I’ve been meaning to add a commenting system to this blog for a while, but I couldn’t think of a good way to do it. I implemented my own commenting system on my old Django personal site. While I enjoyed working on it at the time, it was a lot of work, especially to fight the spam. Now that my blog is hosted statically on Github’s servers, I have no way to host something dynamic like comments.
When my beloved Google Reader was discontinued in 2013, I stopped regularly checking RSS feeds. Apparently, I am not alone. It seems like there’s a new article every month arguing either that RSS is dead or RSS is not dead yet. Maybe RSS will stick around to serve as a cross-site communication backbone, but I don’t think anyone will refute that RSS feeds are declining in consumer use. Facebook, Twitter, and other aggregators are where people really go. However, I noticed that I still follow some small infrequent blogs through mailing lists that they offer. I’m really happy to see an email sign up on blogs I like, because it means I’ll know when they post new content in the future. I check my email regularly unlike my RSS feeds.
I’ve been messing around with a library called PixiJS which allows you to create WebGL animations which will fall back to HTML5 canvas if WebGL is not available in the browser. I mostly like it because the API is similar to HTML5 canvas which I was already familiar with. I can’t say that I like the PixiJS API and documentation that much, though. For this project, I mostly just used a small portion of it to create WebGL (GPU accelerated) primitive shapes (lines and circles).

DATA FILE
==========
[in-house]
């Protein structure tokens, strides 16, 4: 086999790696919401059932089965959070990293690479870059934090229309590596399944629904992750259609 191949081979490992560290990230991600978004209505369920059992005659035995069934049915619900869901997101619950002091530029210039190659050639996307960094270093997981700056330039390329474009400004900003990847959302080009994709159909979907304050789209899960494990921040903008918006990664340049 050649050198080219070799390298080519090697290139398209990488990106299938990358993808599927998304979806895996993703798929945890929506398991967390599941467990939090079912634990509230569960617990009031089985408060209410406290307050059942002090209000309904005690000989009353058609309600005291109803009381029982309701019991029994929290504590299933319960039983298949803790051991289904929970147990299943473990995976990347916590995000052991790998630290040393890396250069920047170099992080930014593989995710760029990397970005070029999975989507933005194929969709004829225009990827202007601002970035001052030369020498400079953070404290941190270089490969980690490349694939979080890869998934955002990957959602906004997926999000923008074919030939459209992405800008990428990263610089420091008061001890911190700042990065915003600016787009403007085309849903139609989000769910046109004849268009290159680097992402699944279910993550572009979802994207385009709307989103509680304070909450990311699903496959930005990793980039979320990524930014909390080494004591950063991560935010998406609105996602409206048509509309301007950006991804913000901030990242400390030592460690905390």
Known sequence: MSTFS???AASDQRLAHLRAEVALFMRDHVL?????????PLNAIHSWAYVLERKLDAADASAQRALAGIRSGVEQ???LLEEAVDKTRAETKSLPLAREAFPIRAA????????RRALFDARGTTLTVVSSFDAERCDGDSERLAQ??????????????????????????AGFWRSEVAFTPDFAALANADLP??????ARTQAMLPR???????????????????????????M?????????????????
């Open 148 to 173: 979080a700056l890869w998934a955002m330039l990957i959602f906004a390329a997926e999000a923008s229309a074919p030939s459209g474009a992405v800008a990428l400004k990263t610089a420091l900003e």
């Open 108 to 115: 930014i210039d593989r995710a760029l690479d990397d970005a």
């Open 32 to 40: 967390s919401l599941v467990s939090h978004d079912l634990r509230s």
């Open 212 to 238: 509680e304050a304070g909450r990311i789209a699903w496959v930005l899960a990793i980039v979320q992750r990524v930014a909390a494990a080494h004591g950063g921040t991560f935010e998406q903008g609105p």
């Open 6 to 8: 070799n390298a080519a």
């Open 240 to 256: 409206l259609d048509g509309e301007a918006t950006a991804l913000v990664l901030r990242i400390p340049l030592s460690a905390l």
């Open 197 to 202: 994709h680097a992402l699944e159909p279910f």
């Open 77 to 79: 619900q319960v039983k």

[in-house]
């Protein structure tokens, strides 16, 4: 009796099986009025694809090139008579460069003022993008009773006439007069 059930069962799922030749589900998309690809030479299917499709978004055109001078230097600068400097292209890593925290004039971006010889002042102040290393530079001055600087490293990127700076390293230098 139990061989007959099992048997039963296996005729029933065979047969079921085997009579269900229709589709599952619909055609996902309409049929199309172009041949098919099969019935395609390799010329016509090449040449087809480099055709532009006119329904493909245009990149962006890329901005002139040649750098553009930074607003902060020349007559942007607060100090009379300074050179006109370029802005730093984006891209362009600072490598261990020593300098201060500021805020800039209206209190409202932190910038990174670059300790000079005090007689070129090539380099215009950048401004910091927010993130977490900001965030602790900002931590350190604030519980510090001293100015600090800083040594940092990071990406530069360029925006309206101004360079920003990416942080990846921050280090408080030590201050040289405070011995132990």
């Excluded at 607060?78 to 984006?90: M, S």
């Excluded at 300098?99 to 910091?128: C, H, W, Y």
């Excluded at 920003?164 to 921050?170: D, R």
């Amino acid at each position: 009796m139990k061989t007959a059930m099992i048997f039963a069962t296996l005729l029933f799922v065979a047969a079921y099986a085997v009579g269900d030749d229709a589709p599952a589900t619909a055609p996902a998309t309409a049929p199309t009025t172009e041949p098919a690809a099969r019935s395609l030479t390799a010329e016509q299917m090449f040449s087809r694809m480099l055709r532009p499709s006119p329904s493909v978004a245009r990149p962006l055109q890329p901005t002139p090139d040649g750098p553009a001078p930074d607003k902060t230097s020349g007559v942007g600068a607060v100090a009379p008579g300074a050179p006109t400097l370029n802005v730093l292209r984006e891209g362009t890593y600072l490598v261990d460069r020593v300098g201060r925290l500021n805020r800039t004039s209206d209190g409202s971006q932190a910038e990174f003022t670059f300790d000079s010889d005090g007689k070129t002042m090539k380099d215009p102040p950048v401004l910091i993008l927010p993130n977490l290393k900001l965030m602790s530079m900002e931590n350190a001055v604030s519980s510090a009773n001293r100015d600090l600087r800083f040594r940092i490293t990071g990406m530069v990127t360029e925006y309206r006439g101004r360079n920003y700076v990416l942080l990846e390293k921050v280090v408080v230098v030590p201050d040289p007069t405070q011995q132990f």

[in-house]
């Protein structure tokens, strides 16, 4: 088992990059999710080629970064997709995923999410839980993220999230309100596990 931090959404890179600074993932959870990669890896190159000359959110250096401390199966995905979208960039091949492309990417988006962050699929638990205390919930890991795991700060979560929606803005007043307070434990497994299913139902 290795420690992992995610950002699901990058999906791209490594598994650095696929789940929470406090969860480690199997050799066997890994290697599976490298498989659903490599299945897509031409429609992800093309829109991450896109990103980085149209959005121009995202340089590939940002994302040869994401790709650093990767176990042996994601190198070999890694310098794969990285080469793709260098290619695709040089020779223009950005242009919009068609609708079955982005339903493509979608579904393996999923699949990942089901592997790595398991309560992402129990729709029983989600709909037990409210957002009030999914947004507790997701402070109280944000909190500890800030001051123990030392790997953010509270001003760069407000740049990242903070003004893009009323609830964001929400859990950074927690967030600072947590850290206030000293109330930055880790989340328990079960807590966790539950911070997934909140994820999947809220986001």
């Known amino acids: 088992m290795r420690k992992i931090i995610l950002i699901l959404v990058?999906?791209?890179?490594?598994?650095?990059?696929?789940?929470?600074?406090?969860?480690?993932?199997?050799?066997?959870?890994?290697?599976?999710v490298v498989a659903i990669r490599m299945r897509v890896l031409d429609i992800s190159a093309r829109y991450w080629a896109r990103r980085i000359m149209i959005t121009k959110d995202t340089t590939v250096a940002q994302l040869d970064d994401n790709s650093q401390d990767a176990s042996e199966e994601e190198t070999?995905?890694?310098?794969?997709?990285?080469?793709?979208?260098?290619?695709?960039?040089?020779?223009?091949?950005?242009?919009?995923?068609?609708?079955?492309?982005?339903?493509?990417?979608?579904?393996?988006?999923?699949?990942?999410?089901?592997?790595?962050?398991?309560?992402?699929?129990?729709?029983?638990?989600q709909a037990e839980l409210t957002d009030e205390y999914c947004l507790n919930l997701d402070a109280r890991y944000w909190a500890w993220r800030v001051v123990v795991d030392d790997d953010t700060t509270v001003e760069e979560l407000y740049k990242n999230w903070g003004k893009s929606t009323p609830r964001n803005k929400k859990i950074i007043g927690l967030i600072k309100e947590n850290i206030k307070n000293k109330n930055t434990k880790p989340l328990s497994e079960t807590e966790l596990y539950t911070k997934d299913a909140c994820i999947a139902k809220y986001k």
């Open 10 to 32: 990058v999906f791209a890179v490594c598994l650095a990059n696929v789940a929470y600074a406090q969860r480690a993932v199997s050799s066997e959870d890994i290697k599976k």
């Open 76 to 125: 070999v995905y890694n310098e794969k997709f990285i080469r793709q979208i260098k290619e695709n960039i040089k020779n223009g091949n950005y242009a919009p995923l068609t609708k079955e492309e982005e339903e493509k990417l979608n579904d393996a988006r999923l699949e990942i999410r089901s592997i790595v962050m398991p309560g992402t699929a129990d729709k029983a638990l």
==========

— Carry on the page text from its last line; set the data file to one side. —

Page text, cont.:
In this post, I will demonstrate how to generate random text using a few lines of standard python and then progressively refine the output until it looks poem-like.
I found the tensorflow documentation rather lacking for installation instructions, especially in regards to getting GPU support. I’m going to write down my notes from wrangling with the installation here for future reference and hopefully this helps someone else too.
I’ve been doing a lot of experimenting with neural-style the last month. I think I’ve discovered a few exciting applications of the technique that I haven’t seen anyone else do yet. The true power of this algorithm really shines when you can see concrete examples.
I tend to use Linux (Ubuntu) on my desktop late at night in a dark room. To protect my eyes from the blinding light of my monitors I’ve tooled my desktop environment over the course of a few months to be as dark as possible. It has gotten complex enough that I thought it would be worth sharing now.
My old website was a nice demonstration of my knowledge of Django, but I decided recently that my web development knowledge had exceeded what it was showing off. The main thing that annoyed me about my last website was that I was hosting what essentially was a static website on a web framework meant for dynamic websites. It was time for a update.
I like to think that if only I find The Perfect Text Editor I will somehow write better and more often. Obviously this is only a tactic I use to delay actually writing anything, but I did come across something that might actually help. Draft is a writing app being developed by one guy, Nate Kontny, that has a ton of nifty features, one of its best being a version control system that allows you to send a draft to other people and accept or reject any changes they suggest. It also has a minamilistic iA Writer type interface, which focuses on the actual writing and nothing more.
Like a lot of people, I didn’t see a clear use-case for Chromebooks. They’re just glorified browsers, right? What if I wanted to do anything outside of the browser? Why would you spend $1299 or $1449 for a computer that can only run a browser?